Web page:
This week I'm going to share one of my favorite tips and tricks from my book, Unstructured Data Analysis: Entity Resolution and Regular Expressions in SAS®. If you work with unstructured data, you’ll want a copy of my easy-to-understand guide to entity resolution analytics on your shelf.
The following excerpt explains how to use the SAS procedure PROC HTTP to grab raw data from a website.
It is often the case that we want to leverage publicly available, unstructured, or text data sources for analysis. So, I’m going to show you one way to easily grab data off of a website using PROC HTTP.
PROC HTTP is just one of several methods for acquiring data outside of the local file system or database. And it is an easy method for integration into Base SAS code. I will not go through all the different powerful options available in PROC HTTP. Please refer to the documentation for more details on all the additional ways to use PROC HTTP.
In the below code, I start with a null DATA step to create a macro variable named FileRef that contains a dynamic file reference. Whenever we are extracting from text sources, it is a best practice to ensure the date of extraction is maintained. I have chosen to do this by embedding the extraction date in the file name that I created for the resulting file. Next, the FILENAME statement uses this macro variable to establish the file reference, Source. And finally, I use Source in PROC HTTP as the output file, using OUT=. Note the URL= statement identifies a link to the BBC News feed (The BBC allows all forms of reuse of their content so long as they are properly referenced.).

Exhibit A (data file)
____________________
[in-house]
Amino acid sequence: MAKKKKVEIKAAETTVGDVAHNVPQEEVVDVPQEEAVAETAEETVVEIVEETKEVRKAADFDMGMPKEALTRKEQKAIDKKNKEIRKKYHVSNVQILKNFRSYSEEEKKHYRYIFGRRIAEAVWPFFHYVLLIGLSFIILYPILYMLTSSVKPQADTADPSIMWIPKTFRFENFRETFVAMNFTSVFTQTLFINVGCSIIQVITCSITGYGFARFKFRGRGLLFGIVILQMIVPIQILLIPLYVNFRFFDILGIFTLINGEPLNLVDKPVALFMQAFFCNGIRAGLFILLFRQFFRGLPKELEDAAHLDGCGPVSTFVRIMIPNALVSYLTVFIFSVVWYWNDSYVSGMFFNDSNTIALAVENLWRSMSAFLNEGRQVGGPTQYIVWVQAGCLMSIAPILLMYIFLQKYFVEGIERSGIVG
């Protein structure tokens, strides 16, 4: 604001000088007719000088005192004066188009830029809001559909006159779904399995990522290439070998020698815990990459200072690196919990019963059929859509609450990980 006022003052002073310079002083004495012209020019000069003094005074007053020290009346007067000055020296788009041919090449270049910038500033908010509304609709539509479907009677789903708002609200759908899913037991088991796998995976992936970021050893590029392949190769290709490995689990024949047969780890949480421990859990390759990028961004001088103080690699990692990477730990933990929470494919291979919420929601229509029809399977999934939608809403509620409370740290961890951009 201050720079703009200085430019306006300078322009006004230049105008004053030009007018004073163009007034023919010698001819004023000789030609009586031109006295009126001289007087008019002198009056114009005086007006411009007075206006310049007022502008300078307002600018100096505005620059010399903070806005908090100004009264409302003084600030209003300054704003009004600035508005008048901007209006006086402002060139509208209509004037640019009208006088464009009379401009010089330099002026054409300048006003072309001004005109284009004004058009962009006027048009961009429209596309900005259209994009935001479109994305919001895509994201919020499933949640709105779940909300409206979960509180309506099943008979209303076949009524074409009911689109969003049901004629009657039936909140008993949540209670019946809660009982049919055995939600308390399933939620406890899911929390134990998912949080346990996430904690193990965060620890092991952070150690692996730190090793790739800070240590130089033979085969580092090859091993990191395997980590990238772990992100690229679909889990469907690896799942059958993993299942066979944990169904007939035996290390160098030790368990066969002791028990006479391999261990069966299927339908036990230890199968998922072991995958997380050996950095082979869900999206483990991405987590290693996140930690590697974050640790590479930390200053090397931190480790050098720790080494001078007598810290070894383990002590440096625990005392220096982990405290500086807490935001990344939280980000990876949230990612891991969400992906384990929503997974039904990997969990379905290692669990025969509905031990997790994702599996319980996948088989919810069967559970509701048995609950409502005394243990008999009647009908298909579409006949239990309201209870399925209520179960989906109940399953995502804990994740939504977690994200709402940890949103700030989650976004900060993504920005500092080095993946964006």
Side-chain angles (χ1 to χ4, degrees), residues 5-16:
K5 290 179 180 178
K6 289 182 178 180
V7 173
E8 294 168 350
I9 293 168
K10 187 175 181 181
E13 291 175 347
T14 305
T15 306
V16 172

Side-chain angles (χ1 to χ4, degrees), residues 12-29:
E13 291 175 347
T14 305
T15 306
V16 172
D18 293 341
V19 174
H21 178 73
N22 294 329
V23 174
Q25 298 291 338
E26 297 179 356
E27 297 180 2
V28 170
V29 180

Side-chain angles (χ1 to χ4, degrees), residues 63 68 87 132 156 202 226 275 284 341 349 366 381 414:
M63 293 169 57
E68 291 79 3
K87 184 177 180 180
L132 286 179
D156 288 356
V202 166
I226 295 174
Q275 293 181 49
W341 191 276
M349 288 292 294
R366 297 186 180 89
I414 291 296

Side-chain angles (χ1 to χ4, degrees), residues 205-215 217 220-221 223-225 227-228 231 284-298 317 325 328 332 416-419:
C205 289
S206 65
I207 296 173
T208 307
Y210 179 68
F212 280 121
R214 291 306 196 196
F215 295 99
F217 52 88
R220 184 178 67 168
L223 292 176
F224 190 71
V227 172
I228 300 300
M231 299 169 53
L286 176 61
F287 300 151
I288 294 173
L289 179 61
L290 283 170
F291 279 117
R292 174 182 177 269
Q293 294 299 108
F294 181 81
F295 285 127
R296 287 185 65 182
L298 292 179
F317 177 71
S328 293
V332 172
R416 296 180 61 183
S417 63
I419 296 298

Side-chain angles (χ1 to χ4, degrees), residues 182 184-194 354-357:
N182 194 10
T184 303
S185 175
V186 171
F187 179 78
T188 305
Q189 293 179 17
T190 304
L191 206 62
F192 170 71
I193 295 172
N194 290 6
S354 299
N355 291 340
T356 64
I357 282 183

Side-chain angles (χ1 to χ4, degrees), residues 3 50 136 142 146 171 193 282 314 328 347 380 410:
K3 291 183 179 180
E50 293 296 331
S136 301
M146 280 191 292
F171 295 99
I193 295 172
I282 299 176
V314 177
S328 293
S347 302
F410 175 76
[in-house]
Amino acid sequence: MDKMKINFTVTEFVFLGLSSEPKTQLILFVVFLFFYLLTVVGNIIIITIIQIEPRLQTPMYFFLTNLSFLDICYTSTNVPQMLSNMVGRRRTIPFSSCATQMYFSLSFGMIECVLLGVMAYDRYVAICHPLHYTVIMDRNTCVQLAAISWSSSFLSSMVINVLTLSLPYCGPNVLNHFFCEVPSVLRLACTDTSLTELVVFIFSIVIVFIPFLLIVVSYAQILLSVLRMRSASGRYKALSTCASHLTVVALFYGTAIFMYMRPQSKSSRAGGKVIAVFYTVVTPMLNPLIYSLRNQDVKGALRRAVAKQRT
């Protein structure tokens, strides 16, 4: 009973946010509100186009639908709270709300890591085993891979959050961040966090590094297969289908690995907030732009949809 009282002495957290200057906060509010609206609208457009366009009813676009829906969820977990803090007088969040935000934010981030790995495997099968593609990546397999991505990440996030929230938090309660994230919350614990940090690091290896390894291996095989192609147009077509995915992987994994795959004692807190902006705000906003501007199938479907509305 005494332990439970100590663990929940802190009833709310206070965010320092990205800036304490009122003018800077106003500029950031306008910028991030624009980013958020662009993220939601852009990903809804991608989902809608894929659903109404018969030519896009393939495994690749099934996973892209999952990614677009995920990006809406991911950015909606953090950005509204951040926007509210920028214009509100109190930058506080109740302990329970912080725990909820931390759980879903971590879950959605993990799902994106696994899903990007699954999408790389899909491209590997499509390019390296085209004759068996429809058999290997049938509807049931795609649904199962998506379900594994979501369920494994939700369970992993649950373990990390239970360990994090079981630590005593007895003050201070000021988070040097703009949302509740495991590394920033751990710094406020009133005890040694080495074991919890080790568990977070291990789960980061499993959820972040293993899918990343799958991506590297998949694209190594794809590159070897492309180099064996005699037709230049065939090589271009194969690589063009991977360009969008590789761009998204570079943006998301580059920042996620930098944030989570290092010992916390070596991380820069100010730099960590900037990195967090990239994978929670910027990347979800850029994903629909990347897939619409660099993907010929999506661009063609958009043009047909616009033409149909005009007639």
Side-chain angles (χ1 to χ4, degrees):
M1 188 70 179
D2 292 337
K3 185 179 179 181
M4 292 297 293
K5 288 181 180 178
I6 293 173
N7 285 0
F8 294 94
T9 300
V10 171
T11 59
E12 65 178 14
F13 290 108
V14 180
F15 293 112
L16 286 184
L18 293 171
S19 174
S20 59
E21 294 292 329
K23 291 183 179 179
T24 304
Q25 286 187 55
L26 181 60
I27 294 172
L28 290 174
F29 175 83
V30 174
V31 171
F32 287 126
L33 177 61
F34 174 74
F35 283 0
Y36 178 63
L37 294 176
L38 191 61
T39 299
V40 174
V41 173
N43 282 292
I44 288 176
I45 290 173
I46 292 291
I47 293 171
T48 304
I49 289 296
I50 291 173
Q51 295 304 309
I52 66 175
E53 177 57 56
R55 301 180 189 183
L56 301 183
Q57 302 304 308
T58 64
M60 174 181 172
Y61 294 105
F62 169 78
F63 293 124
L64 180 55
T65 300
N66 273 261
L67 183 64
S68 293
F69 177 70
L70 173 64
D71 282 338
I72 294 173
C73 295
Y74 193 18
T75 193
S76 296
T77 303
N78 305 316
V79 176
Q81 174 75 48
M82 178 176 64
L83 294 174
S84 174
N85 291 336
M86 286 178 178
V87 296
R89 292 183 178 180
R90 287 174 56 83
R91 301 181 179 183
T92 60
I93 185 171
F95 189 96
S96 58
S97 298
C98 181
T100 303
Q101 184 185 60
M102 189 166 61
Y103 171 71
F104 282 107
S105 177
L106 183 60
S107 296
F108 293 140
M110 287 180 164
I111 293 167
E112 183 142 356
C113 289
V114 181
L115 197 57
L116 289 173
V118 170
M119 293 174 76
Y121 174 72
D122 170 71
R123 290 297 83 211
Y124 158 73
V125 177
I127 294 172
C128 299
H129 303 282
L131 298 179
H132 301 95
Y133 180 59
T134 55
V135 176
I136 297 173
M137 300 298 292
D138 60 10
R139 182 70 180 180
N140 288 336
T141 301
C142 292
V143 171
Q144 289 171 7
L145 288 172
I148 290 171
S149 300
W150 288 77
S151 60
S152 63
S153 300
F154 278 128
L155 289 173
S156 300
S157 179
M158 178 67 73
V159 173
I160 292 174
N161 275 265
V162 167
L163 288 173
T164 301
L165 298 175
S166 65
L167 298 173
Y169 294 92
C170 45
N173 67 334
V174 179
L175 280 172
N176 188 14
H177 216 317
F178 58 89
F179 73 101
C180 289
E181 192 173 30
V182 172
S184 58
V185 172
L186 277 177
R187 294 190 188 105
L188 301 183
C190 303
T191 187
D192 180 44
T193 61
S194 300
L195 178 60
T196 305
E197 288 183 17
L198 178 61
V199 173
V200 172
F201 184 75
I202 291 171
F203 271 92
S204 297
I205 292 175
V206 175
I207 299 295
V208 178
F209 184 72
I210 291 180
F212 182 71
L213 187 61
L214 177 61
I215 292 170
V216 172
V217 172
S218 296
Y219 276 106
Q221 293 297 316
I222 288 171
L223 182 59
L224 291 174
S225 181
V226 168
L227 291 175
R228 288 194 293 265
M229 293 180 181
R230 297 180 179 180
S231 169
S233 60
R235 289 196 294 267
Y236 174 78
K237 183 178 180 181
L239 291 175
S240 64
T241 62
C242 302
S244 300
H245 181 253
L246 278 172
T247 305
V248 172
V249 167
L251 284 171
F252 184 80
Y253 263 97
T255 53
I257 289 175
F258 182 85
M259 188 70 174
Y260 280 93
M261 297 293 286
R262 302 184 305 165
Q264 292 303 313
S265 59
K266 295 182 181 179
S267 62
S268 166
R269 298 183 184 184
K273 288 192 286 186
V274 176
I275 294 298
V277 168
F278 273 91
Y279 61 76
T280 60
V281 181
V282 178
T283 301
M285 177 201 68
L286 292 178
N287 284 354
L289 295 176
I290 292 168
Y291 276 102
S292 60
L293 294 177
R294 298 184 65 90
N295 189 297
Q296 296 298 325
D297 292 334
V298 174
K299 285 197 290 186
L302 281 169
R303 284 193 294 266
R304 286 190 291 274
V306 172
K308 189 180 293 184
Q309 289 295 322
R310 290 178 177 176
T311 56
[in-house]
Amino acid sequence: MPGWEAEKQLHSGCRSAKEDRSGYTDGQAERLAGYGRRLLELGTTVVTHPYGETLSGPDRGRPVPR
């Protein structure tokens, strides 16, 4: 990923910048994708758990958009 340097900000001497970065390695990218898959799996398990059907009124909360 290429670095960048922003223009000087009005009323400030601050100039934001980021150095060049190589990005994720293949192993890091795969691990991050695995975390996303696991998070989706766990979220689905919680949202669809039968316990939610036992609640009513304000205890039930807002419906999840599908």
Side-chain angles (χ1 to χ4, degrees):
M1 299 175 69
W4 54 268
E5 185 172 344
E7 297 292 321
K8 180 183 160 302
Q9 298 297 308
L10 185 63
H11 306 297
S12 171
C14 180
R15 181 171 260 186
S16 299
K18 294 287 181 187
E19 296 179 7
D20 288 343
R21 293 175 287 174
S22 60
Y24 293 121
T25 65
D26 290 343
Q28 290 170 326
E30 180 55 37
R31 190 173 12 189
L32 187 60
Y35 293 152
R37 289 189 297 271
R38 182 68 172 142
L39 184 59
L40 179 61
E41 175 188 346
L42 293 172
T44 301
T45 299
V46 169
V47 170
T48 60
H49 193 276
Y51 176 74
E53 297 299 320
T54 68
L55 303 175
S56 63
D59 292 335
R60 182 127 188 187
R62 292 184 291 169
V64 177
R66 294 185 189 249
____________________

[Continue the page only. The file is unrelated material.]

/*NULL DATA STEP to generate the macro variable with a dynamic file name.*/ data _NULL_; call symput('FileRef',"'C:\Users\mawind\Documents\SASBook\Examples\CorpNews"||put(Date(),date9.)||".txt'"); run; filename source &fileref; /*Execution of PROC HTTP to extract from a web URL, and write to the file designated above.*/ proc http url="http://feeds.bbci.co.uk/news/technology/rss.xml" out=source; run;
After the code runs, you will get a raw text file containing all of the XML content from the source (Figure 1).
Depending on how the host (BBC News, in this case) decides to maintain that information, your refresh and indexing of it will vary. Luckily, in our example, we can use the <pubdate> tag embedded in the XML to help us track when each headline was published.
Note: You are not constrained to XML when using PROC HTTP. It is merely how a source that I'm allowed to reprint stores data. So, feel free to experiment with pages that don't use XML.
But much of the data contained within webpage XML files is unstructured text (some call this “semi-structured” data). Therefore, you want to be prepared for how to approach entirely unstructured text data—a much more voluminous portion of potential sources.